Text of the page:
Chapter 3 of The Candidate
It was half past ten. Nihlus had already searched two abandoned buildings for ‘meeting room eight’ and was running out of patience. Not that he’d been in any sort of patient mood even before setting out; he simply couldn’t believe that Saren had upped and left him to handle the evaluation just like that. Was he out of his twisted mind? He’d been acting strange ever since that fallout they had over cleaning the ship, of all things. Like an old married couple.
They’d had something like a fight and then Saren had told him to get the fuck out of his sight. Prior to that memorable occasion, Nihlus had only heard him curse once or twice during the entire course of his training. Of course he had done as bidden and left. It had been three weeks before Saren had contacted him again.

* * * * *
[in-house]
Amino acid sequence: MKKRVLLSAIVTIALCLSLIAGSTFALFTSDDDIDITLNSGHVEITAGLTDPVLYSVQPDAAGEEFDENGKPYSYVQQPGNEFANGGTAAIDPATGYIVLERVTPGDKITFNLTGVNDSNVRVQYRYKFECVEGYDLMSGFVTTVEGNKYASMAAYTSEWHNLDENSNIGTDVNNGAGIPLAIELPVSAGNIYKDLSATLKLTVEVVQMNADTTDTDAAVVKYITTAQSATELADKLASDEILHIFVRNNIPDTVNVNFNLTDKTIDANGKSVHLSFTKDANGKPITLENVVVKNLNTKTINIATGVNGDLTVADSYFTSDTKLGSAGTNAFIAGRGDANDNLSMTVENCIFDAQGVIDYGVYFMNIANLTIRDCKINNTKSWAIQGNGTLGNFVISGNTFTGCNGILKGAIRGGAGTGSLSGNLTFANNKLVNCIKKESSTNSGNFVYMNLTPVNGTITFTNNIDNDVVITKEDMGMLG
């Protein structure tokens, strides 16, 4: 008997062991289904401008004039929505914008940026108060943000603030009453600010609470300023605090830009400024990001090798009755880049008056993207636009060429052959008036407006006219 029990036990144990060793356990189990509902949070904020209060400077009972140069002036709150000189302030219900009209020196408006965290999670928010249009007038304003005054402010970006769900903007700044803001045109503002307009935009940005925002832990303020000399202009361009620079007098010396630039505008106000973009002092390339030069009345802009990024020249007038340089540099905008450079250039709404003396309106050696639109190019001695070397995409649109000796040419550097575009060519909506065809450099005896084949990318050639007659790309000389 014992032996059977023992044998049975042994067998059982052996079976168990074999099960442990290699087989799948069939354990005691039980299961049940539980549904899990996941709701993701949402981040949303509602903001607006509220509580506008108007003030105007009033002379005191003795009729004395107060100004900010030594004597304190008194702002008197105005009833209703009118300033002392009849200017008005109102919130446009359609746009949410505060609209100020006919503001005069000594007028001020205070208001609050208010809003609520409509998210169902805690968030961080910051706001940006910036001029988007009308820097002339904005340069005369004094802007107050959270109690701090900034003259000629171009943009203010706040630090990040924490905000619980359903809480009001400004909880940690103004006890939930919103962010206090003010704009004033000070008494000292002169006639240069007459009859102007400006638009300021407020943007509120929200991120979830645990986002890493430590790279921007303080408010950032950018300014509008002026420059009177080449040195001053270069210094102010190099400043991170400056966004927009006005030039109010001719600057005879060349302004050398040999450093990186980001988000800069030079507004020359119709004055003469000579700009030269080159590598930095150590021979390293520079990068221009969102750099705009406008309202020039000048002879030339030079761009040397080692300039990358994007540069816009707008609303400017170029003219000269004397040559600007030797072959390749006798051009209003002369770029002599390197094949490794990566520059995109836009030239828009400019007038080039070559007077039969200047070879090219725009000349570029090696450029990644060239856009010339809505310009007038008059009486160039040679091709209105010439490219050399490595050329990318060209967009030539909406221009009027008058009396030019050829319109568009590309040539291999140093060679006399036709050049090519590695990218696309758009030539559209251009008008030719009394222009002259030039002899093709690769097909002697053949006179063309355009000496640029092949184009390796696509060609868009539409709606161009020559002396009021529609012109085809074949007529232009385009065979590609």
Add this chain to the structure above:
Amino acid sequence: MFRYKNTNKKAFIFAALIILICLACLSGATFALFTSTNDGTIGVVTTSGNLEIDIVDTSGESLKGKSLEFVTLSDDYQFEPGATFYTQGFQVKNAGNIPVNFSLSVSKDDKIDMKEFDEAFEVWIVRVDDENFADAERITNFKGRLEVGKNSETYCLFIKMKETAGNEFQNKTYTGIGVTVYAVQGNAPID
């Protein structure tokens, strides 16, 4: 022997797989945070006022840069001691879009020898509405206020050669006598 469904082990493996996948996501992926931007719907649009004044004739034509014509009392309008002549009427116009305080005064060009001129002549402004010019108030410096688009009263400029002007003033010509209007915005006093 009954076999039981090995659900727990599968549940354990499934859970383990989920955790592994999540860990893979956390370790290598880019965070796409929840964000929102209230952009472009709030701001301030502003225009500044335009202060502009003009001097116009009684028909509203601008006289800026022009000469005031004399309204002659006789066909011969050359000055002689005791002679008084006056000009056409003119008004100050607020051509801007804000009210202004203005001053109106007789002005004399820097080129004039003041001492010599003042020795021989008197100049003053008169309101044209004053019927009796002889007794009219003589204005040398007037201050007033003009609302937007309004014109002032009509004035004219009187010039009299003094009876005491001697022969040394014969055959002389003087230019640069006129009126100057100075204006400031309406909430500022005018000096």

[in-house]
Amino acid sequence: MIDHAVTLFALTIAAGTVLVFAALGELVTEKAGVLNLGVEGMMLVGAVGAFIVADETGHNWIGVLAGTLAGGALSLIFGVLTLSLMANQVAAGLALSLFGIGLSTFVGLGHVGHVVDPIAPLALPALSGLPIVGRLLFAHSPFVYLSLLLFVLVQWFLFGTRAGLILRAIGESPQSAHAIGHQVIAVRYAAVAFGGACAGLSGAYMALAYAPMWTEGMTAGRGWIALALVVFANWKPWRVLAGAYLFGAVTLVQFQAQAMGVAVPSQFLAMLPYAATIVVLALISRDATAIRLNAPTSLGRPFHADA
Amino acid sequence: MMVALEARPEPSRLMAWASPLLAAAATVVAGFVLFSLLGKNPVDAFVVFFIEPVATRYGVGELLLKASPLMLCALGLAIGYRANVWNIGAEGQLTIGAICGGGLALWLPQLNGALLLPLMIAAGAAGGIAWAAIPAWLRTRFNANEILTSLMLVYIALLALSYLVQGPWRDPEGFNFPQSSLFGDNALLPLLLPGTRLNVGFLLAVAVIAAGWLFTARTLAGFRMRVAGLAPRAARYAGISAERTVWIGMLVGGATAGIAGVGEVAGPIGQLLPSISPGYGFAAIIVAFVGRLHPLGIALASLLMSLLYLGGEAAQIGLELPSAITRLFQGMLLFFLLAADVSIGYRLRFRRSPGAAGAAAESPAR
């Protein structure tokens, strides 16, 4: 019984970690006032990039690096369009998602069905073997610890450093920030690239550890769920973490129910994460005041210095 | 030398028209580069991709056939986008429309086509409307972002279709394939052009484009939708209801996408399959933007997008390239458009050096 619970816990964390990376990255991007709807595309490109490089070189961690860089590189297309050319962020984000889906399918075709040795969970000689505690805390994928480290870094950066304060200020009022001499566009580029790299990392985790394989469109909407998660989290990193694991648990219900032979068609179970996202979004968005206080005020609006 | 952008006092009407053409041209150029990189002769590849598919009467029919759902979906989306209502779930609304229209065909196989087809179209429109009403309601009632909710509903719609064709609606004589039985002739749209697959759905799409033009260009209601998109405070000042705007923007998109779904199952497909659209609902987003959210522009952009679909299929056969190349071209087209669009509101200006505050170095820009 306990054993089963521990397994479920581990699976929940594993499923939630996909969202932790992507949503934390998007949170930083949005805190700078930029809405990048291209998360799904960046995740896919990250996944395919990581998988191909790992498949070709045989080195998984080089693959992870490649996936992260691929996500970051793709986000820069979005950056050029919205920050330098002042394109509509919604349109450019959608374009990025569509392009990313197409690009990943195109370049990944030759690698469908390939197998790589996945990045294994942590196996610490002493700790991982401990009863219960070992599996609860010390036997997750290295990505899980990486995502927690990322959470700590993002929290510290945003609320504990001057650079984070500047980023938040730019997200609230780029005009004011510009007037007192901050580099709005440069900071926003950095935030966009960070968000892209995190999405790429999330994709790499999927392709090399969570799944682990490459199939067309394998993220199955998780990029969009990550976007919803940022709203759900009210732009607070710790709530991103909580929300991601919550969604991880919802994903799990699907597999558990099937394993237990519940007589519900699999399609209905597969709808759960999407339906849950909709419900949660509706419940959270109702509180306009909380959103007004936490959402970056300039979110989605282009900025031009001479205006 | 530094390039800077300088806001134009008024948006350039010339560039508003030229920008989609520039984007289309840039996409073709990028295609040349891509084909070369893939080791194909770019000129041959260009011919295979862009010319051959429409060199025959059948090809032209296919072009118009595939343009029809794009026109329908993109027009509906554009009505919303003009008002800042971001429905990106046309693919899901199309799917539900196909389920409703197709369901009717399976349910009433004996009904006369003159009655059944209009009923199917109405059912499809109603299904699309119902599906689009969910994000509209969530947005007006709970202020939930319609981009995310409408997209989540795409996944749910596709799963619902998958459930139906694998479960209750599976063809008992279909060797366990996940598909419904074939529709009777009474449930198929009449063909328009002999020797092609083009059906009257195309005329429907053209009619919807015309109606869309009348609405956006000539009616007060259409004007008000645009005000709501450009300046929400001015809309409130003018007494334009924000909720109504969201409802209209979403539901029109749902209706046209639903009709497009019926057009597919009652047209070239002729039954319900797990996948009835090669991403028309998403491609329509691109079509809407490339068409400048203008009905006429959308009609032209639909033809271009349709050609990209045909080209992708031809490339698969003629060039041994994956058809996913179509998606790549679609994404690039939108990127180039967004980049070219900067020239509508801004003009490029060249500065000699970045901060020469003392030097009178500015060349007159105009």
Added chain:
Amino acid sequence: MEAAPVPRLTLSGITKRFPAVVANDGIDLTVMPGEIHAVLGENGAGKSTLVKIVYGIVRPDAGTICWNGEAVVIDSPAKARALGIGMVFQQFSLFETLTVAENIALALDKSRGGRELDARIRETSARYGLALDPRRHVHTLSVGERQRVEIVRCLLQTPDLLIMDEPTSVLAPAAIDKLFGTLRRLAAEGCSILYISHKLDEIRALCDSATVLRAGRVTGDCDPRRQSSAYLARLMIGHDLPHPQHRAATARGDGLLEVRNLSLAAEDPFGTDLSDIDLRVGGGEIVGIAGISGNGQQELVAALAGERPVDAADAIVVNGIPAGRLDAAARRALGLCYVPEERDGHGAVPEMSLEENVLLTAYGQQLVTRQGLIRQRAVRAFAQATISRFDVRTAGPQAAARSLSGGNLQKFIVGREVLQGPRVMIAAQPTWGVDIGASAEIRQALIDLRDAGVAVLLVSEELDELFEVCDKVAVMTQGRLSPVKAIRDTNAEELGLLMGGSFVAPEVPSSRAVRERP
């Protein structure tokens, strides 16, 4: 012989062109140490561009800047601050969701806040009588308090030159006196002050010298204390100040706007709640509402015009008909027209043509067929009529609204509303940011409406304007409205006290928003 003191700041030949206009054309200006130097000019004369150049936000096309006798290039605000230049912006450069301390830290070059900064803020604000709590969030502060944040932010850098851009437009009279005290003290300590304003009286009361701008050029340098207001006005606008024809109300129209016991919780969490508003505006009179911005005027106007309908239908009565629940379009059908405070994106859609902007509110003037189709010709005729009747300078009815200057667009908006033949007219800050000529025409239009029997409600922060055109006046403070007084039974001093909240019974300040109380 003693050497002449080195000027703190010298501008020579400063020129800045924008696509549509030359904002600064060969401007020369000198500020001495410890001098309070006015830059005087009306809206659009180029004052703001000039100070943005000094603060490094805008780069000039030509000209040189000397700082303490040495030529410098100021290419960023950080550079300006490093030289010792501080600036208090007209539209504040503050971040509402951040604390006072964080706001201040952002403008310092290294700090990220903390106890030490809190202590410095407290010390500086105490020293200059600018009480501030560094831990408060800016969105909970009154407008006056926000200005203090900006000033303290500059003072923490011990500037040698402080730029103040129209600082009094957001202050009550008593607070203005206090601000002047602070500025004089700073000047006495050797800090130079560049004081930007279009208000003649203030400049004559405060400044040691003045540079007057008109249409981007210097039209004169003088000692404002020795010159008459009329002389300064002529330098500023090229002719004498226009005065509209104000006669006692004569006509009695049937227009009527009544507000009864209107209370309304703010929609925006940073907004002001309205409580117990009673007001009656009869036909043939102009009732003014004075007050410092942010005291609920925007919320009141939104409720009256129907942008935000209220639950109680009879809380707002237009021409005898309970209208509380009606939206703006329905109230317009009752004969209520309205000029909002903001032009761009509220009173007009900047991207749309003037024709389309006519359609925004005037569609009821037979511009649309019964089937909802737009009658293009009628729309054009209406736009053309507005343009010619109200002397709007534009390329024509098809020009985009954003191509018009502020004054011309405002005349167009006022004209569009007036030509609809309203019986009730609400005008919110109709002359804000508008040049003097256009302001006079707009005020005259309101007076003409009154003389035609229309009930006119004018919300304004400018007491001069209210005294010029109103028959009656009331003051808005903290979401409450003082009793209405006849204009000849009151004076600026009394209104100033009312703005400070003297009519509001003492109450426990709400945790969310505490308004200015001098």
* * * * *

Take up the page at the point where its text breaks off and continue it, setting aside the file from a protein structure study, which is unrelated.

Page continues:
They flew here on a civilian shuttle and exchanged a total of three partial conversations: a cold hello when they first met (just hello; no how have you been, or what have you been up to, or how did you manage the three weeks without pay and a place to stay). Saren told him then, in that even, impassive voice of his, that he’d sent the evaluation report regarding Nihlus’s candidacy to the Council. A positive evaluation report. Making his appointment a matter of formality. Nihlus had to invest every shred of self-control into hiding the slew of opposing emotions that had blinded and deafened him: he’d be a Spectre! That was awesome! But he didn’t want the training to be over. That was dreadful.
He paused to shake the conflicting feelings away: not the time, not the place.
The second bit of conversation was a set of instructions during their FTL flight, about how Saren imagined the game and what sort of recruits his algorithms for “objective” selection picked out (misfits, every last one of them; Saren apparently had a thing for misfits). And the final took place before the inspection, if one could call that a conversation at all.